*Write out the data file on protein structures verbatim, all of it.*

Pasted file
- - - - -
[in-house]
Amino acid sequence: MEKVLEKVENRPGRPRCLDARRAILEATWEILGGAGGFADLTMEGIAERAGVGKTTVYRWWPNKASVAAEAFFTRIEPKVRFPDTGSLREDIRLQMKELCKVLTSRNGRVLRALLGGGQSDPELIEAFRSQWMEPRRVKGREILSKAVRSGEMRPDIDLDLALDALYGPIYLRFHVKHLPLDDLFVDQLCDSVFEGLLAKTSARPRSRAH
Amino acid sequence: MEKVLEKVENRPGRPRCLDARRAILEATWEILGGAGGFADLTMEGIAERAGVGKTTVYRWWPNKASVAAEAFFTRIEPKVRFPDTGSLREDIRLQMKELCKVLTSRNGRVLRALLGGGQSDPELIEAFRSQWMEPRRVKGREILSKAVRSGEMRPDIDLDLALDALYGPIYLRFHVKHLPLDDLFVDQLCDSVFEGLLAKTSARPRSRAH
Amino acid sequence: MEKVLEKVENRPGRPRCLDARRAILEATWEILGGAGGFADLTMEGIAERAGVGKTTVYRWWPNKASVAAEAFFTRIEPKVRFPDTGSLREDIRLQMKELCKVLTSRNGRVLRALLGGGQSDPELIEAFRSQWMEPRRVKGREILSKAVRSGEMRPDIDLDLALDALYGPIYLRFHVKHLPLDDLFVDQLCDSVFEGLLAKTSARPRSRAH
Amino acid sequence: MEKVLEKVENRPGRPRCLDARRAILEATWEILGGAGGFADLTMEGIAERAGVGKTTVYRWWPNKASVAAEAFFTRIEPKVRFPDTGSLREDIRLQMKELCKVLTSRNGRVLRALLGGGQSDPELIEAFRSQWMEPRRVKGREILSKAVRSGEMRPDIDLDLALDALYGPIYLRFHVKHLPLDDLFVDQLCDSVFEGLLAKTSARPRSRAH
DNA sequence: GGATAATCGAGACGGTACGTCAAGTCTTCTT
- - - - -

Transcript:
[in-house]
Amino acid sequence: MEKVLEKVENRPGRPRCLDARRAILEATWEILGGAGGFADLTMEGIAERAGVGKTTVYRWWPNKASVAAEAFFTRIEPKVRFPDTGSLREDIRLQMKELCKVLTSRNGRVLRALLGGGQSDPELIEAFRSQWMEPRRVKGREILSKAVRSGEMRPDIDLDLALDALYGPIYLRFHVKHLPLDDLFVDQLCDSVFEGLLAKTSARPRSRAH
Amino acid sequence: MEKVLEKVENRPGRPRCLDARRAILEATWEILGGAGGFADLTMEGIAERAGVGKTTVYRWWPNKASVAAEAFFTRIEPKVRFPDTGSLREDIRLQMKELCKVLTSRNGRVLRALLGGGQSDPELIEAFRSQWMEPRRVKGREILSKAVRSGEMRPDIDLDLALDALYGPIYLRFHVKHLPLDDLFVDQLCDSVFEGLLAKTSARPRSRAH
Amino acid sequence: MEKVLEKVENRPGRPRCLDARRAILEATWEILGGAGGFADLTMEGIAERAGVGKTTVYRWWPNKASVAAEAFFTRIEPKVRFPDTGSLREDIRLQMKELCKVLTSRNGRVLRALLGGGQSDPELIEAFRSQWMEPRRVKGREILSKAVRSGEMRPDIDLDLALDALYGPIYLRFHVKHLPLDDLFVDQLCDSVFEGLLAKTSARPRSRAH
Amino acid sequence: MEKVLEKVENRPGRPRCLDARRAILEATWEILGGAGGFADLTMEGIAERAGVGKTTVYRWWPNKASVAAEAFFTRIEPKVRFPDTGSLREDIRLQMKELCKVLTSRNGRVLRALLGGGQSDPELIEAFRSQWMEPRRVKGREILSKAVRSGEMRPDIDLDLALDALYGPIYLRFHVKHLPLDDLFVDQLCDSVFEGLLAKTSARPRSRAH
DNA sequence: GGATAATCGAGACGGTACGTCAAGTCTTCTT